The Importance of Recognizing “M&Ms”

Photo of Michael Miyawaki, assistant professor of sociology and anthropology, holding a sign with a microaffirmation (Photo courtesy of Michael Miyawaki).
Emma Shinker, Features Editor

On your way to meals over the past few weeks, you may have noticed the Microaggressions and Microaffirmations (M&M) Project tabling in the student center’s lobby. Equipped with white boards, markers, cameras and a determination to “promote positive interactions,” Michael Miyawaki, assistant professor of sociology and anthropology, and student photographers invited students, faculty and staff to reflect upon and share their past experiences. Participants wrote out a microaggression or microaffirmation that they had experienced in their own life and then posed for a photo with their sign. The M&M Project aims to “show the harmful effects of microaggressions and to promote the adoption of microaffirmations,” said photographer Isabel Espinosa ’23. The project accepts all experiences, ranging from microinteractions centered on race and ethnicity to those based on gender, sexuality and/or ability. Microaggressions, in the words of Derald Wing Sue, professor of psychology and education at Columbia University, are “Everyday verbal, nonverbal, and environmental slights, snubs or insults, whether intentional or unintentional, [that] communicate hostile, derogatory, or negative messages to target persons based solely upon their marginalized membership [of a group].” Examples of microaggressions from a previous iteration of the M&M Project at Hendrix College include comments such as “You’re so articulate for a Black guy” and “You’re bi? So you must really like threesomes, huh?”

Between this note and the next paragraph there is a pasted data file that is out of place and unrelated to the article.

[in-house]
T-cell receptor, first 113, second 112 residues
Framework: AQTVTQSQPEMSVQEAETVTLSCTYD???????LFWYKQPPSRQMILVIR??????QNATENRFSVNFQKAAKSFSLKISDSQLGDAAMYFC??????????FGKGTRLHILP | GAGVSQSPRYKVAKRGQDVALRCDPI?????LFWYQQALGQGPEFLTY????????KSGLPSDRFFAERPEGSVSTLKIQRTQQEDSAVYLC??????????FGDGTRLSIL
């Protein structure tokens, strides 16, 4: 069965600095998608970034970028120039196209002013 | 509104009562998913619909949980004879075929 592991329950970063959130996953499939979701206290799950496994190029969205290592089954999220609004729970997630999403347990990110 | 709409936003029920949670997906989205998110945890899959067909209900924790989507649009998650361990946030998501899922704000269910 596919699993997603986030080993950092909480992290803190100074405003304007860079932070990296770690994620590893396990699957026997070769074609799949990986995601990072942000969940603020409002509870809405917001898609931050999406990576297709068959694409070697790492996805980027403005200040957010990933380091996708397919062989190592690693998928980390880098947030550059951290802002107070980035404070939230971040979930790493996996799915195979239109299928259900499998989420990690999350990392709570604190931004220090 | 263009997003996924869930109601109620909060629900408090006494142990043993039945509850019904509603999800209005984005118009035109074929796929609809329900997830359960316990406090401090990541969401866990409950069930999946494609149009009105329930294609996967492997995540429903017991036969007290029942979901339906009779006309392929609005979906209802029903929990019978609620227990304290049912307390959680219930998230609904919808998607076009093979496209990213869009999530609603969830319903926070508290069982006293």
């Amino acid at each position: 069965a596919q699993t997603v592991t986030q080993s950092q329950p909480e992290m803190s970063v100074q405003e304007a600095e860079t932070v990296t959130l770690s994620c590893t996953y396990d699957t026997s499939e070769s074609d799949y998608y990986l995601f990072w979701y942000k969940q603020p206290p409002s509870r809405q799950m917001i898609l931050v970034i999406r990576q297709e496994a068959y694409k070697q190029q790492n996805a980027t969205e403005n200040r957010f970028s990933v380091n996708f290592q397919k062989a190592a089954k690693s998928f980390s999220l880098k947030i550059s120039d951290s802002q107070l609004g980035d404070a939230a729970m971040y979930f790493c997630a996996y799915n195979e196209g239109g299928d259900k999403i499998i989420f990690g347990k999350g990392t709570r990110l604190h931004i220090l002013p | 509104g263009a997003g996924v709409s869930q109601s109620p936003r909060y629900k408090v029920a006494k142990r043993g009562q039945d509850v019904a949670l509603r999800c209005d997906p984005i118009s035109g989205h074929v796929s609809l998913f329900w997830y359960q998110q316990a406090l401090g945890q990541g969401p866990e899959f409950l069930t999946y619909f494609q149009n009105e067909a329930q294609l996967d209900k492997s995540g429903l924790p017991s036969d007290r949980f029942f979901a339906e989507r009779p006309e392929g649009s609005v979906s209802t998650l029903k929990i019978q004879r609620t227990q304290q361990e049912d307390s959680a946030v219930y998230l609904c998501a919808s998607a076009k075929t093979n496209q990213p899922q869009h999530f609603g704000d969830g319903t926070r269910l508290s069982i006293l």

Microaffirmations, on the other hand, are “small gestures of inclusion and caring, and graceful acts of listening,” according to Mary Rowe, adjunct professor of negotiation and conflict management at MIT Sloan School of Management. These gestures may range from something like taking the time to learn to pronounce someone’s name to having female professors for STEM classes—it can be “any sort of remark or gesture that recognizes and validates someone’s identity experiences,” Miyawaki added. 

Miyawaki began the project while working at Hendrix College in Conway, Arkansas. “About 200 students participated in the photo shoots [at Hendrix], sharing their experiences with these microinteractions,” he explained. “Then we utilized those images to develop a website and feature them as part of classroom instruction, leadership development and also training for faculty and staff members.”   

Wooster’s version of the project is similar. “We would like to invite the participants to tell their story,” said photographer Zion Vital ’24,“so as you click on [each photograph] there’s actual context of what’s being said.” The website will likely launch during the spring semester, followed by an awareness campaign. “The idea is that if we see examples of affirming comments or gestures, it might help other people adopt such interactions,” Miyawaki said, referencing microaffirmations in both daily life and classroom instruction. In a similar way, exposure to microaggressions may help members of the community realize the harm that their seemingly innocent comments can cause. 

After the Wooster website’s launch, Miyawaki hopes the project will be used as a tool to teach students in and outside of classrooms about the impact of this messaging on their peers’ sense of belonging. “The ultimate goal of the project is to foster a more welcoming, understanding and caring Wooster community,” he said.

One thought on “The Importance of Recognizing “M&Ms”

  1. Pingback: The Wooster Voice

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